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I think you’re correct that the audio input on the Arduino is safe, but the CV inputs are not.

I’m not sure about the transistor, I did basically what you did on dac/ino (taking it from the Synapse project it was based on). But I guess the emitter-base breakdown voltage is 6.0 V and that can be exceeded if the input goes much below -6 V?

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But CV inputs go through the MCP6004 as well, this is the CV circuit from MI grids, where the CV is offset by the potentiometer. The output of the MCP6004 can never go beyond its rails (0V and 5V). :slight_smile:
At least this is how I understand it, maybe I have mixed up my labels?

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Sorry, didn’t notice that op amp was not on ±12 V rails!

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Same here, I hadn’t noticed that, sorry. Those inputs should be OK.

As for the trigger input, to quote the excellent web site https://northcoastsynthesis.com/news/design-mistakes-in-synth-schematics/

“The problem is, what happens on a negative input voltage? Then the transistor’s base-emitter junction is reverse-biased. For small negative voltages, no problem, it just won’t conduct. But the absolute maximum reverse voltage rating for a 2N3904 transistor is 6.0V (even less for some other common transistors). Apply more than that much negative input and it will go into Zener or avalanche breakdown, passing current in the reverse direction. The current will be kept small by the 100k series resistance, but the transistor isn’t designed for it and may be permanently damaged. This input cannot safely accept a voltage below -6V. A quick fix would be to add a basic switching diode, like a 1N4148, from ground to the transistor base, to pass any reverse current and prevent the transistor’s base-emitter junction from seeing a larger negative voltage.”

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That website really has good resources on how to improve your design!

Would it be bad to put components on top of each other on different sides of the board? Like this:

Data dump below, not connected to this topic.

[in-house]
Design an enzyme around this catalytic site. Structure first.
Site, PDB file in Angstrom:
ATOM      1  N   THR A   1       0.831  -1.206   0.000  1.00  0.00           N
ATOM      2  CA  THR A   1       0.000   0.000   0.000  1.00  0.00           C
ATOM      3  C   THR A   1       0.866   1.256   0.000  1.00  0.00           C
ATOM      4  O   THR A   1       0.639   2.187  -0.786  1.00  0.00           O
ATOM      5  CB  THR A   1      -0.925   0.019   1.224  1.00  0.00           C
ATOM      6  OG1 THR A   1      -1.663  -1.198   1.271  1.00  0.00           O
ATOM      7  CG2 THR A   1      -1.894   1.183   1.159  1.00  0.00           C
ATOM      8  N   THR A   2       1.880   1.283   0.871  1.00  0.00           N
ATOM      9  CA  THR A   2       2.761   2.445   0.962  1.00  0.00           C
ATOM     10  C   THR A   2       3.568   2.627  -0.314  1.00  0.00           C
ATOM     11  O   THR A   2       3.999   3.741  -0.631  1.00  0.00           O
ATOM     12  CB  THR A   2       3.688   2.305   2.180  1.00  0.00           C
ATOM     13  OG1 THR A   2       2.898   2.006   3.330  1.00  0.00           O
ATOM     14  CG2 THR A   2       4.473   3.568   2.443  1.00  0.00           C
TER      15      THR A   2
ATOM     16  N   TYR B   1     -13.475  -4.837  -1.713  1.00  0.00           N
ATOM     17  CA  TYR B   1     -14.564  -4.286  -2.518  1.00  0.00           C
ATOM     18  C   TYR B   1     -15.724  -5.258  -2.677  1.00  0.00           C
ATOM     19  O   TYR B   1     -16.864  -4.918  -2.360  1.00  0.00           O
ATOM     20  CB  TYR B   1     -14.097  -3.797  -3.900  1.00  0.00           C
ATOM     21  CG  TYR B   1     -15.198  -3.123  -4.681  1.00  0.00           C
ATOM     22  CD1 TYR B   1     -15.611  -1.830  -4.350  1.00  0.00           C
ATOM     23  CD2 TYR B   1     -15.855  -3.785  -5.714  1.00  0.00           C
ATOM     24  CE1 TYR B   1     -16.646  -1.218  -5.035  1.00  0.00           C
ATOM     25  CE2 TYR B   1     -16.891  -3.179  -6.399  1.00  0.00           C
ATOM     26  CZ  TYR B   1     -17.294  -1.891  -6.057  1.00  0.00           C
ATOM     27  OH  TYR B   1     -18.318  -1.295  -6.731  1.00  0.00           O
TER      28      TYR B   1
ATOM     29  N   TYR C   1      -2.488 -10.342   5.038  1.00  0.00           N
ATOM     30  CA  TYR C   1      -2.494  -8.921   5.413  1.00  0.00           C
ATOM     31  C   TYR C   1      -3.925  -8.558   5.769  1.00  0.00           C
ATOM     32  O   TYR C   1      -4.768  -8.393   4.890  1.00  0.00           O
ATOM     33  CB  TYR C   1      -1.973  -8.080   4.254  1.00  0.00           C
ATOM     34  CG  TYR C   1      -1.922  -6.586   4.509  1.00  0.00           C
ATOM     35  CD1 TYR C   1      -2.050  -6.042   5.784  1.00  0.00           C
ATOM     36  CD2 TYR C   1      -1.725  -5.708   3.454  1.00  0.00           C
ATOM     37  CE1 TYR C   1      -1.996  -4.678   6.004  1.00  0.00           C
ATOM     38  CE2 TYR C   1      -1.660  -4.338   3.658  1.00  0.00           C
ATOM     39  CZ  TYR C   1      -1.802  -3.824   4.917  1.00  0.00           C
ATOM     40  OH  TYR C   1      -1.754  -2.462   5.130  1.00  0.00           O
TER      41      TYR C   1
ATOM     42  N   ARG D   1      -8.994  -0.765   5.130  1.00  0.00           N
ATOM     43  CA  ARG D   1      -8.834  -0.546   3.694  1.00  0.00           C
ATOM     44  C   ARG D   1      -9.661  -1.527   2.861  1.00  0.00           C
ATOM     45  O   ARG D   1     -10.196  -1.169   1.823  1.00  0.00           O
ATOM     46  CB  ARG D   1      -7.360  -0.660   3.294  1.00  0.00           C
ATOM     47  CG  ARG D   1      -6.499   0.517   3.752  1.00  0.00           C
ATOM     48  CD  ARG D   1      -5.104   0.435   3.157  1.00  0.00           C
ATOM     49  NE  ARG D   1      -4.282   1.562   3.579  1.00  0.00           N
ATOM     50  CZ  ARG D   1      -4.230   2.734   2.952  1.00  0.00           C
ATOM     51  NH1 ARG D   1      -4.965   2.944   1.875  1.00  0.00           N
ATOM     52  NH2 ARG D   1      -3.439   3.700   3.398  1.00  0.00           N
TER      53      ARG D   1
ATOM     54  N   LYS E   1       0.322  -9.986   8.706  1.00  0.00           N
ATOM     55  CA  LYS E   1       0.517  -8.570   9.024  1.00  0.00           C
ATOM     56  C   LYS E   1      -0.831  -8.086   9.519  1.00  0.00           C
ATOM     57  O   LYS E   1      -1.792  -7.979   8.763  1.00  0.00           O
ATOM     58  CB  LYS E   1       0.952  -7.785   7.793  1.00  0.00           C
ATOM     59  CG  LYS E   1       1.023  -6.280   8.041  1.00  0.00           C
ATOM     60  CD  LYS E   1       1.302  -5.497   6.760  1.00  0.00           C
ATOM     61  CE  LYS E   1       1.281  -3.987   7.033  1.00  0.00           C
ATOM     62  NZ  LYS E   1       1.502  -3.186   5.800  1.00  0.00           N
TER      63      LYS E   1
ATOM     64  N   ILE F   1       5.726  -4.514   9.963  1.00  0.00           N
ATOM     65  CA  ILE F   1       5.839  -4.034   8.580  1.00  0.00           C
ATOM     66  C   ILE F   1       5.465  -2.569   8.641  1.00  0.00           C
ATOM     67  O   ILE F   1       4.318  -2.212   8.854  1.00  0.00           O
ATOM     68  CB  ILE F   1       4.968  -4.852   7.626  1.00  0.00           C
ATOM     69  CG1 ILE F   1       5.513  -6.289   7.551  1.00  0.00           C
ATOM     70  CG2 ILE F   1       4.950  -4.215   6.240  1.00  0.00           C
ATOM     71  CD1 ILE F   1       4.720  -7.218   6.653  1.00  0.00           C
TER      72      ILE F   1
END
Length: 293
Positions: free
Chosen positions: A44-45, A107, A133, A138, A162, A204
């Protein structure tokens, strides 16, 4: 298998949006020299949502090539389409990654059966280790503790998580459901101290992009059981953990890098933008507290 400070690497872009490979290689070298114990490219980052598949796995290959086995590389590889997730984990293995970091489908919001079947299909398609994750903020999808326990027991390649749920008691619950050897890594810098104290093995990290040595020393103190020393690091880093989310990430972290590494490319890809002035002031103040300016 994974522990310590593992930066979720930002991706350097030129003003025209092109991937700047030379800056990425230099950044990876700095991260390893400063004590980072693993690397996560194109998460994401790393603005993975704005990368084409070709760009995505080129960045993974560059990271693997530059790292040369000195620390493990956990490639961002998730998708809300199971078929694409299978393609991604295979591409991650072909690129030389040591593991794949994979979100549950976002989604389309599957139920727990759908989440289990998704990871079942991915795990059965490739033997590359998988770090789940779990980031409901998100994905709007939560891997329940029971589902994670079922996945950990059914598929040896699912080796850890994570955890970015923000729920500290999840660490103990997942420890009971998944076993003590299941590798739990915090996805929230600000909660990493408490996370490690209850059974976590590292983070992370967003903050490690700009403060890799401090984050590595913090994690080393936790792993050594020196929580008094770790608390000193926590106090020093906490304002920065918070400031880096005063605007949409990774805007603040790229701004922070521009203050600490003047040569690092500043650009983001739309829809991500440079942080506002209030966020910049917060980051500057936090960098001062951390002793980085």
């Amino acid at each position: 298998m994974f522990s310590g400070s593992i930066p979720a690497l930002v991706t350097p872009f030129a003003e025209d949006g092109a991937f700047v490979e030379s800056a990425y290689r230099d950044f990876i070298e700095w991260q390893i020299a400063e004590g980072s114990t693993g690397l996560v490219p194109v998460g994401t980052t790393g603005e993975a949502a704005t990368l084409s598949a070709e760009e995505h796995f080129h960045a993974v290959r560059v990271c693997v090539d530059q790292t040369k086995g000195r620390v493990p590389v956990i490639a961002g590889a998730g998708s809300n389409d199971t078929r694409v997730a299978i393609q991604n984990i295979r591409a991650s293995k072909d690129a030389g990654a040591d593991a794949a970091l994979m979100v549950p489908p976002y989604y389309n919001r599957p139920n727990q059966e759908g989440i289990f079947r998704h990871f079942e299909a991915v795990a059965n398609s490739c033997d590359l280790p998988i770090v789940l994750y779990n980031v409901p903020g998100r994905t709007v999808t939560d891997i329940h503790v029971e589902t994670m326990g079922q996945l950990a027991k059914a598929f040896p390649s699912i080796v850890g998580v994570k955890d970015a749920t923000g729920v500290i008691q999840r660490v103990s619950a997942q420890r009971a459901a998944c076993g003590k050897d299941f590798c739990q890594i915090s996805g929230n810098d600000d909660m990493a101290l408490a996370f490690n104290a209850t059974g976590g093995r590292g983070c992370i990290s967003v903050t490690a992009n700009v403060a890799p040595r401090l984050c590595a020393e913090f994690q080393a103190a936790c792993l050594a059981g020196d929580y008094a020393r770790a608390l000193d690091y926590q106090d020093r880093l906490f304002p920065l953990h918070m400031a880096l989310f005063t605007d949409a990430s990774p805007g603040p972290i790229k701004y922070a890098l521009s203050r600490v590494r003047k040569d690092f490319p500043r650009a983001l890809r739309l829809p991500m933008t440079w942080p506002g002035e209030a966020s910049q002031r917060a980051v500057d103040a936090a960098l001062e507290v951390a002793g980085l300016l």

I can save some space like this, the Arduino will be socketed on the backside, so there is space in the z-axis. But maybe bad practice?

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Not really a bad practice, it’s just harder to debug. But I to that quite often !
The only thing to take care of is to separate well enough the digital and analog circuits (try not putting an opamp under the Arduino).

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Good to hear! These are memory chips, so no problem there, but I have some of the audio traces crossing paths with die digital (SPI) traces… I should probably improve that, right?

Upper left IC is ADC (MCP3201), upper right is opamp (MCP6004), Bottom left is opamp (tl072) and bottom right is DAC (MCP4921).
This stuff makes routing pretty hard! xD

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If they are crossing at a right angle there shouldn’t be any problem.
Problems arise when analog and digital run parallel close together.

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It depends on a lot of factors, but to avoid crosstalk you can:

  • Use only high level/low impedance audio signal when near digital one (especially clocks)
  • Separate traces with ground
  • Only cross traces perpendicularly, do not route traces parallel together, even is they are not on the same side of your PCB